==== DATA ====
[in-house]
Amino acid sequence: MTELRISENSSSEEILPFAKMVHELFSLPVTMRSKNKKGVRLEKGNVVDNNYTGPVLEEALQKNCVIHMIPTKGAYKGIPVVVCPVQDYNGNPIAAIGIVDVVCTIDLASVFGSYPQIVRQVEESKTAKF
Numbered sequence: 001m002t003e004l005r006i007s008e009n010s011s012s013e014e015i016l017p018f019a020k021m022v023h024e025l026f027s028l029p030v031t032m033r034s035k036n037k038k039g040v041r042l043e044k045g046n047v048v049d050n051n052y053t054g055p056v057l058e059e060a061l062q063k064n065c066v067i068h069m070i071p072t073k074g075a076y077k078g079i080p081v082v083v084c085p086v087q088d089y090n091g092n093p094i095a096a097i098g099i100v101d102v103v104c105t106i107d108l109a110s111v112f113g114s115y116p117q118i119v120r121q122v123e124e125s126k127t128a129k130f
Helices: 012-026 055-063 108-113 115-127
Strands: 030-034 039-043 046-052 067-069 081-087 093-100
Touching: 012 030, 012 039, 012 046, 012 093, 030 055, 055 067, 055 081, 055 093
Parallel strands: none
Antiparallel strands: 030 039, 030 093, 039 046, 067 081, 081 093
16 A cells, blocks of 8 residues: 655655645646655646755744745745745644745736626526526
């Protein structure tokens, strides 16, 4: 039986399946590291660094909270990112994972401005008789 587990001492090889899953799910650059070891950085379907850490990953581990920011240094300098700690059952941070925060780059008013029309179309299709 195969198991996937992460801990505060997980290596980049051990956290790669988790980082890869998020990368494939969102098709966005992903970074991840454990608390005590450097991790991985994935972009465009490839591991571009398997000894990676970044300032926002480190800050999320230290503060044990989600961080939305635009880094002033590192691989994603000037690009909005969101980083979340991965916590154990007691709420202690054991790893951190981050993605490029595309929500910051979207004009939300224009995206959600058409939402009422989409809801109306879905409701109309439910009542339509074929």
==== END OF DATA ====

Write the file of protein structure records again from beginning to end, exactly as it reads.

[in-house]
Amino acid sequence: MTELRISENSSSEEILPFAKMVHELFSLPVTMRSKNKKGVRLEKGNVVDNNYTGPVLEEALQKNCVIHMIPTKGAYKGIPVVVCPVQDYNGNPIAAIGIVDVVCTIDLASVFGSYPQIVRQVEESKTAKF
Numbered sequence: 001m002t003e004l005r006i007s008e009n010s011s012s013e014e015i016l017p018f019a020k021m022v023h024e025l026f027s028l029p030v031t032m033r034s035k036n037k038k039g040v041r042l043e044k045g046n047v048v049d050n051n052y053t054g055p056v057l058e059e060a061l062q063k064n065c066v067i068h069m070i071p072t073k074g075a076y077k078g079i080p081v082v083v084c085p086v087q088d089y090n091g092n093p094i095a096a097i098g099i100v101d102v103v104c105t106i107d108l109a110s111v112f113g114s115y116p117q118i119v120r121q122v123e124e125s126k127t128a129k130f
Helices: 012-026 055-063 108-113 115-127
Strands: 030-034 039-043 046-052 067-069 081-087 093-100
Touching: 012 030, 012 039, 012 046, 012 093, 030 055, 055 067, 055 081, 055 093
Parallel strands: none
Antiparallel strands: 030 039, 030 093, 039 046, 067 081, 081 093
16 A cells, blocks of 8 residues: 655655645646655646755744745745745644745736626526526
């Protein structure tokens, strides 16, 4: 039986399946590291660094909270990112994972401005008789 587990001492090889899953799910650059070891950085379907850490990953581990920011240094300098700690059952941070925060780059008013029309179309299709 195969198991996937992460801990505060997980290596980049051990956290790669988790980082890869998020990368494939969102098709966005992903970074991840454990608390005590450097991790991985994935972009465009490839591991571009398997000894990676970044300032926002480190800050999320230290503060044990989600961080939305635009880094002033590192691989994603000037690009909005969101980083979340991965916590154990007691709420202690054991790893951190981050993605490029595309929500910051979207004009939300224009995206959600058409939402009422989409809801109306879905409701109309439910009542339509074929």